Saturday, December 10, 2016
Book Review: EURO GOTHIC
Following up on his magnificent volumes ENGLISH GOTHIC and AMERICAN GOTHIC, Author Johnathan Rigby examines 20th Century European horror cinema with EURO GOTHIC.
In this new book, Rigby deals with four specific European countries--Germany, France, Italy, and Spain. Those who might feel that Rigby should have expanded his coverage must be advised that EURO GOTHIC is over 400 pages long, and hundreds of films are given thorough analysis. (If Rigby had tried to deal with every European horror film made since the dawn of cinema, he probably would never had gotten the book done.)
Rigby begins in the silent era, with the German Expressionist classics that laid down the groundwork for so many future productions. The coming of sound (and the coming of fascist dictatorships soon after) curtailed Euro Gothic cinema for a period, and it wasn't till the late 1950s that the genre began to pick up steam, inspired of course by the success of England's Hammer Films.
The 1960s saw Euro Gothic at its full height, and in the 1970s, with violence and particularly sex ramped up, the floodgates opened with an array of bizarre titles and stories. Rigby stops at the early 1980s, when gore & zombies flourished on the continent.
The careers of many leading figures of Euro Gothic are delved into, such as Riccard Freda, Mario Bava, Jess Franco, Antonio Margheriti, Jean Rollin, Dario Argento, Paul Naschy, Lucio Fulci, and of course the iconic Barbara Steele.
The book retains basically the same design of ENGLISH GOTHIC and AMERICAN GOTHIC, and it is lavishly illustrated with two different color sections.
Rigby as usual does a brilliant job in placing the films within the context of the times in which they were made, and while he discusses their pluses and minuses in an authoritative manner, he still manages to work in servings of dry humor. The author makes many perceptive comments about the various titles, such as his statement that 1963's THE LAST MAN ON EARTH would have been better served with a "regular guy" actor in the lead role such as Martin Balsam or Lee J. Cobb instead of Vincent Price.
The titles used of the films covered are those which they were known in the countries in which they were produced, which might cause some confusion for readers familiar with the English versions. (An Midwestern American guy like myself can barely spell TERRORE NELLO SPAZIO, let alone pronounce it--besides, that movie will always be PLANET OF THE VAMPIRES to me.)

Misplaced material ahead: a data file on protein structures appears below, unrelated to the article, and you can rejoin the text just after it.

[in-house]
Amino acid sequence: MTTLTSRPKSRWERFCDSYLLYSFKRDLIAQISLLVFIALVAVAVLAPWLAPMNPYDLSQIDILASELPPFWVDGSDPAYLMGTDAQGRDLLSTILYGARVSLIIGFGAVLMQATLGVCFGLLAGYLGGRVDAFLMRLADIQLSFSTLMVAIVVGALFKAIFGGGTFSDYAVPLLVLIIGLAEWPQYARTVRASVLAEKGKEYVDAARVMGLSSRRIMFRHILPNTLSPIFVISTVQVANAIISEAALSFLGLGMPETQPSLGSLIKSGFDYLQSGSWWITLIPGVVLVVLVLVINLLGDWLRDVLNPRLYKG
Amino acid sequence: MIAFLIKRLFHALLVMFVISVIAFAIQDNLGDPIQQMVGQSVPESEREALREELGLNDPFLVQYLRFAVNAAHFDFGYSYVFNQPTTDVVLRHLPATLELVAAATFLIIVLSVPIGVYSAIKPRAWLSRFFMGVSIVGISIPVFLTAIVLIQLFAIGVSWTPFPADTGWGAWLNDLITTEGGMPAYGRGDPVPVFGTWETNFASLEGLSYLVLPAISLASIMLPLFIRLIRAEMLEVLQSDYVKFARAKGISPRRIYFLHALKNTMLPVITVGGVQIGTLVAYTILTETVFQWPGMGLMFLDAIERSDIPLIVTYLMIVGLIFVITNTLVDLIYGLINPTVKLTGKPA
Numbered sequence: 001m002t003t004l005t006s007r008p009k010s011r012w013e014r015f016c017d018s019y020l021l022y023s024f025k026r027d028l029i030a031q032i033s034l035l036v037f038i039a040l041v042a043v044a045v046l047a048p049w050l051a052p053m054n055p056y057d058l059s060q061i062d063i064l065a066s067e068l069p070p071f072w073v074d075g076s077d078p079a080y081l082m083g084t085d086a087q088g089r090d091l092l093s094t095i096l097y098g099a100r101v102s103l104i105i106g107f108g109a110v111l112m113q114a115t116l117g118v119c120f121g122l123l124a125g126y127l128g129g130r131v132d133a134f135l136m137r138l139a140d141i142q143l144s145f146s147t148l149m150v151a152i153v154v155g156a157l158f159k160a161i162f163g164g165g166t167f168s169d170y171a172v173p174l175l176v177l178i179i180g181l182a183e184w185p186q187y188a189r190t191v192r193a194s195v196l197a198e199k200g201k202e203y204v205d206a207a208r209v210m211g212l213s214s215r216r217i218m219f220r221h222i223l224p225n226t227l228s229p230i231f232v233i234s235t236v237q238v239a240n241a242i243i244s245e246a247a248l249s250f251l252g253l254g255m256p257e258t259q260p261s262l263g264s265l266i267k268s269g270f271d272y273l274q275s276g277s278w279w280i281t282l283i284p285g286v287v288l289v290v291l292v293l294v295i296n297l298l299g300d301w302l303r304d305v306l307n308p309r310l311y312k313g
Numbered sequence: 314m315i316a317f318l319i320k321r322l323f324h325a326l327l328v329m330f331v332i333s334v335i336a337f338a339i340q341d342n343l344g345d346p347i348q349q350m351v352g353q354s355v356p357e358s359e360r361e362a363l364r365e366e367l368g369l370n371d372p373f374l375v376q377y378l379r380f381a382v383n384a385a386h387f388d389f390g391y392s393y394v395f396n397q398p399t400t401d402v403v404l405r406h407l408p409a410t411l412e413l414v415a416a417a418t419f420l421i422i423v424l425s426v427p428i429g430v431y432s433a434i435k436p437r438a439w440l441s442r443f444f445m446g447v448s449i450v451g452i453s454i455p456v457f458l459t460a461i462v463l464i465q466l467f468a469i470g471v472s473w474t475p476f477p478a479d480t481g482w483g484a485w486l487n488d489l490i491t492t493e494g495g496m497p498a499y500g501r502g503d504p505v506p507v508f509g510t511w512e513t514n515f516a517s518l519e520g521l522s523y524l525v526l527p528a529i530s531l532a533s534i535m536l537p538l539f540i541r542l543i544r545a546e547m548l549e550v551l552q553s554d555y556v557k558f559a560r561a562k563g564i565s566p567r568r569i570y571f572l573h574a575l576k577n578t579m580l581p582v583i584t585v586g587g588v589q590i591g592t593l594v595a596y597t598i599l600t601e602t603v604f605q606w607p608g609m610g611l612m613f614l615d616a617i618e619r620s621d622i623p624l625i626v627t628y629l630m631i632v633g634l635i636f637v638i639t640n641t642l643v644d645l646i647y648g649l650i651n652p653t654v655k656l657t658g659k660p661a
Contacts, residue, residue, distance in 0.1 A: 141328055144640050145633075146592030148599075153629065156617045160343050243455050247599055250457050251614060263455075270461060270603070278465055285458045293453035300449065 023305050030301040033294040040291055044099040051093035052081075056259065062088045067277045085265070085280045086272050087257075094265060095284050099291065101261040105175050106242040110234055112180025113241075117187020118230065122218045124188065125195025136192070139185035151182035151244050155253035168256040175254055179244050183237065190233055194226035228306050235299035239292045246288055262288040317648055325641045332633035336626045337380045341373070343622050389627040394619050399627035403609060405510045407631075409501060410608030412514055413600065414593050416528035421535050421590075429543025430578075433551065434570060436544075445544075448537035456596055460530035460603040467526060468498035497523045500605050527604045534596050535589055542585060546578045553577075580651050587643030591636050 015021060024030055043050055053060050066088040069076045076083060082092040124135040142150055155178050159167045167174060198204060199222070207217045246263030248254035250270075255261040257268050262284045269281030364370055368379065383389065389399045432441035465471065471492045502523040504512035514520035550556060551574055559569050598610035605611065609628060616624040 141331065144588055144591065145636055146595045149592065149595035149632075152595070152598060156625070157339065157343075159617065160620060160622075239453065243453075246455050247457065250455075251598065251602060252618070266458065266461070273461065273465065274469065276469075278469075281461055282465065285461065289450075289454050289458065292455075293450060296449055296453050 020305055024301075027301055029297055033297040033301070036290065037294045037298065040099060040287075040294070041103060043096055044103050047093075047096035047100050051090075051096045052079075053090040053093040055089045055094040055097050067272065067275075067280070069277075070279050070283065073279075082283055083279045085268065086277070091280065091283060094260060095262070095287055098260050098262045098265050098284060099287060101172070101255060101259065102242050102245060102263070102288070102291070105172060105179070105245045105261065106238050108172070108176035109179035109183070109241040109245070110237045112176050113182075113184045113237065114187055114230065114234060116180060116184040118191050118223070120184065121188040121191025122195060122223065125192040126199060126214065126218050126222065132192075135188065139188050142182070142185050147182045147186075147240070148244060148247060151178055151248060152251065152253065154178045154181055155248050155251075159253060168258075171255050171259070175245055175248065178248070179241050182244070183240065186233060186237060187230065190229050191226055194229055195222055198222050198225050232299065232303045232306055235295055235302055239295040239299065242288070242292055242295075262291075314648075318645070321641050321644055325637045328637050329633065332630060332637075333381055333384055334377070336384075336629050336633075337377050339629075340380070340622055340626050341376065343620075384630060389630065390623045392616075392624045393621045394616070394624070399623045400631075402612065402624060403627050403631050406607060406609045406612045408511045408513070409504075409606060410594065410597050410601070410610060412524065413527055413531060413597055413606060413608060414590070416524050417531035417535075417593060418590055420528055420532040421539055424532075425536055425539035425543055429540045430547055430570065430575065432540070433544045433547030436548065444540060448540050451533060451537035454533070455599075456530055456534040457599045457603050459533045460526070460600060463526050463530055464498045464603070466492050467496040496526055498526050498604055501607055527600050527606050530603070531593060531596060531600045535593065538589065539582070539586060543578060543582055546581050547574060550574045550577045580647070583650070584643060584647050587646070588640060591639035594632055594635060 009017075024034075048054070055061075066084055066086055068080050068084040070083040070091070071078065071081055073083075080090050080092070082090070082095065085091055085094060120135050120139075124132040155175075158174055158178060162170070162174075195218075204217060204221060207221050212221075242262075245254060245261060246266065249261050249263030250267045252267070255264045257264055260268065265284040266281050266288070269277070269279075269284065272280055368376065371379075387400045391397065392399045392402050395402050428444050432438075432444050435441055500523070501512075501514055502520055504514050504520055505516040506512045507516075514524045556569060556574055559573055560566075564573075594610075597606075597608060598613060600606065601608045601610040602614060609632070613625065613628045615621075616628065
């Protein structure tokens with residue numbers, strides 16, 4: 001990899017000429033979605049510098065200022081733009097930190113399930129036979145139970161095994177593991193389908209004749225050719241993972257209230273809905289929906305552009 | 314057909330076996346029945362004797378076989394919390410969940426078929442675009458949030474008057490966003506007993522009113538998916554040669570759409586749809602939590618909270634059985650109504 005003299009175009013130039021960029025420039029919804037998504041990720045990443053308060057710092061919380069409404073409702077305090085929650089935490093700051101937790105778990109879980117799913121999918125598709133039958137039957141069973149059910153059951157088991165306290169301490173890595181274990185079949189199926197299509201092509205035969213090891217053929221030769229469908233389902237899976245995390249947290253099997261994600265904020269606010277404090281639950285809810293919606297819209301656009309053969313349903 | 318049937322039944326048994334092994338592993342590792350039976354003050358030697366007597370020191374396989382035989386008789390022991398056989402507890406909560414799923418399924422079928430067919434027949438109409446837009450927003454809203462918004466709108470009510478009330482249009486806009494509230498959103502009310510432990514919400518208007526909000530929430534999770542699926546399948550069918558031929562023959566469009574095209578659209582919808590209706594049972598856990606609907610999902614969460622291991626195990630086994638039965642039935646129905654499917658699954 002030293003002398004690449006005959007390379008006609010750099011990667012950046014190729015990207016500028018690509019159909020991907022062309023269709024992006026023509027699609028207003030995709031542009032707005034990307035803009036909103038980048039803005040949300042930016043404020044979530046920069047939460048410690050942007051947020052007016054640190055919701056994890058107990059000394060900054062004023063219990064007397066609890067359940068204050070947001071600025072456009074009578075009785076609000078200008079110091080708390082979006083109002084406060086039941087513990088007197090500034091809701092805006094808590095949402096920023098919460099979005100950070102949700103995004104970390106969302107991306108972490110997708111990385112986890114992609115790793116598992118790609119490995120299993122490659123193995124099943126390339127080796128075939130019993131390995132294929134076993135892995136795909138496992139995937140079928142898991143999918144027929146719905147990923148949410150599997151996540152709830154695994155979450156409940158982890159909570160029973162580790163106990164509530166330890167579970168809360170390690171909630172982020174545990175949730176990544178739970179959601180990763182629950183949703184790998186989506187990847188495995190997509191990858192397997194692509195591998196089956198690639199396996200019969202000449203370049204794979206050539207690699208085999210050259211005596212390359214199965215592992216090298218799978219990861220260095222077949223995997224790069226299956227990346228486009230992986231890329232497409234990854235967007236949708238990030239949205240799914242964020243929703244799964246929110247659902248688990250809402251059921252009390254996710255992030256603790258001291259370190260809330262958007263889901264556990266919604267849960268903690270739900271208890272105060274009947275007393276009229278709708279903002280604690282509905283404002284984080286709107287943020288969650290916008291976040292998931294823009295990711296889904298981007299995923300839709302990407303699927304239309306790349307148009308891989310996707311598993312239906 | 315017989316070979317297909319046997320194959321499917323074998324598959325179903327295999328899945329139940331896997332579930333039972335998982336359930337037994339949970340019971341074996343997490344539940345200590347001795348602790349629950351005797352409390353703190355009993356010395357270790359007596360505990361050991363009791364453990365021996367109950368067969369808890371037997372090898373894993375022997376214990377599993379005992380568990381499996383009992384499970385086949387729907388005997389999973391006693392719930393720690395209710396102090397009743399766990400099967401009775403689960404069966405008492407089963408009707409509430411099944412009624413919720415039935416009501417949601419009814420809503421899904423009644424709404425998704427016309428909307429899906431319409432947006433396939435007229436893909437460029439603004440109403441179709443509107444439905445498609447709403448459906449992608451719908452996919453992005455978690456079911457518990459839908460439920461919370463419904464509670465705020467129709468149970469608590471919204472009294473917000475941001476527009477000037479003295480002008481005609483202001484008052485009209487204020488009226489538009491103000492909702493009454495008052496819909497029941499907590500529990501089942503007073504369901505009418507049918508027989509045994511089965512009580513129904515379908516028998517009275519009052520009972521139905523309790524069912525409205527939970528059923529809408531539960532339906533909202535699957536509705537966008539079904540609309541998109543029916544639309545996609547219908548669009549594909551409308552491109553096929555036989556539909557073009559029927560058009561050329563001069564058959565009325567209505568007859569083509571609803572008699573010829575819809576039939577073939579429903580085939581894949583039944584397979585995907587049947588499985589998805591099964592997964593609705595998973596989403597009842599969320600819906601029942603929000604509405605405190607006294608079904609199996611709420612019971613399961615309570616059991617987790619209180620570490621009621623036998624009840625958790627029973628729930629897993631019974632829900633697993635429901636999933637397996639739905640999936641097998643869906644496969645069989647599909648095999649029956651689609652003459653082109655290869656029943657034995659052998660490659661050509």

When it came to ENGLISH GOTHIC and AMERICAN GOTHIC, I had seen--or at least heard of--just about every single one of the movies featured in those books. With EURO GOTHIC, most of the films featured I had very little or no knowledge of. If you think you've seen everything when it comes to horror films, EURO GOTHIC will dissuade you of that notion. A few of the movies covered in the book I even sought out and viewed on the internet, and I intend to find more. I do have to admit that a number of the titles, especially many from the 1970s, hold no appeal for me at all. The author deserves some kind of award for viewing all these productions--he must have had an infinite amount of patience (and a very strong stomach). If you are someone like me, you've read just about every important book on classic horror films that there is. It's nice to find a volume on the subject that increases your knowledge of it, instead of reiterating what you already know.
ENGLISH GOTHIC and AMERICAN GOTHIC are two of my favorite movie books of all time, so it's no surprise that am I going to heartily recommend EURO GOTHIC. I assume that this will put an end to Jonathan Rigby's "Gothic" film series....but I hope that he might decide to write a sequel to AMERICAN GOTHIC (that book ended in the late 1950s), or maybe he can examine the American science-fiction film boom of the 1950s. Perhaps he can call that book AMERICAN FUTURE?